The Arcadia Tribune front page has news of the tragic death of Bill Seinsoth in Sept., 1969.

The book: “Seinsoth: The Rough and Tumble Life of a Dodger”
The author: Steven K. Wagner
The vital statistics: Sunbury Press, 200 pages, $29.95, released Nov. 30, 2016
Find it: At Amazon.com, at Barnes and Noble, at Vromans.com, at the publishers’ website

The pitch: “If Bill Seinsoth had lived,” USC baseball coach Rod Dedeaux once said, “there’s a good chance that no one would have ever heard of Steve Garvey.”
Wagner included that quote in a 1991 piece he did for the L.A. Times on the life and times of Seinsoth under the headline, “They’re Left to Wonder What Might Have Been.”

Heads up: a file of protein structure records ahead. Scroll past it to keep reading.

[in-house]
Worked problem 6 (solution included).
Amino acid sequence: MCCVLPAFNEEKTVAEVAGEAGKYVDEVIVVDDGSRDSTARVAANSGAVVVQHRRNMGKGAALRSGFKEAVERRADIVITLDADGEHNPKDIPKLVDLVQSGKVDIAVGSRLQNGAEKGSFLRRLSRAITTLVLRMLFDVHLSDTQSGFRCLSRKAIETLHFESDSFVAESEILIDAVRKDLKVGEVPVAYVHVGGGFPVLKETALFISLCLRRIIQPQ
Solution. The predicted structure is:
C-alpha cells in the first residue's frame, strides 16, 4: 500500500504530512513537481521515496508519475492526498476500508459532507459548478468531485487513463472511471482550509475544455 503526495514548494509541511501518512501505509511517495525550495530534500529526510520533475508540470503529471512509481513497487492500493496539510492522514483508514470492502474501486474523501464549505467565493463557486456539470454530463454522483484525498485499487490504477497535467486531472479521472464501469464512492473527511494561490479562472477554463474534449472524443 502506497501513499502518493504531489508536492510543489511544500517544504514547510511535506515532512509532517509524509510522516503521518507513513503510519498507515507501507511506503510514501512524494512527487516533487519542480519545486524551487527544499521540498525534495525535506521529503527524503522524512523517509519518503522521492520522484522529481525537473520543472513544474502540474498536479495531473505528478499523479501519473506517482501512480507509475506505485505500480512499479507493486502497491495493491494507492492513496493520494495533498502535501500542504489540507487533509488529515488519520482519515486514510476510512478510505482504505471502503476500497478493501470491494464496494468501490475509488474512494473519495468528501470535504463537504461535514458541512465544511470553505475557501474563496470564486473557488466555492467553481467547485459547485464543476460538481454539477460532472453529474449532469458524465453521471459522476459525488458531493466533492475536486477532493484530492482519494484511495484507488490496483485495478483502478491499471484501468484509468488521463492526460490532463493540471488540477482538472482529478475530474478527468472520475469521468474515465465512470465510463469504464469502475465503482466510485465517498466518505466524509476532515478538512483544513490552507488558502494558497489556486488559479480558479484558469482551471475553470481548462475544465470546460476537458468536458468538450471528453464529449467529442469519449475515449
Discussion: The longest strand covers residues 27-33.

As the Dodgers looked for a first baseman in the early ‘70s to replace Wes Parker, Seinsoth was in the pipeline, the kid from Arcadia High who had one year in at single-A Bakersfield with a bright future.
The 1968 College World Series Most Outstanding Player as a junior at USC, a career. 340 hitter in college with All-American credentials, was 22 when he died in a car accident on Interstate 15 while he was driving to L.A. from Las Vegas.
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30 baseball books for April ’17, Day 11: A life saver, it is

The book: “Baseball Life Advice: Loving the Game That Saved Me”
The author: Stacey May Fowles
The vital statistics: McClelland & Stewart, 304 pages, $18, released today, April 11
Find it: At Amazon.com, at Barnes & Noble, at Powells.com, at Vromans.com, at the publishers’ website, or the writers’ website

The pitch: Our first encounter with Ms Fowles was through an essay posted on the Toronto Globe and Mail, a beautiful piece that resonated with us about how one can go and sit in a stadium full of people and still find solitude.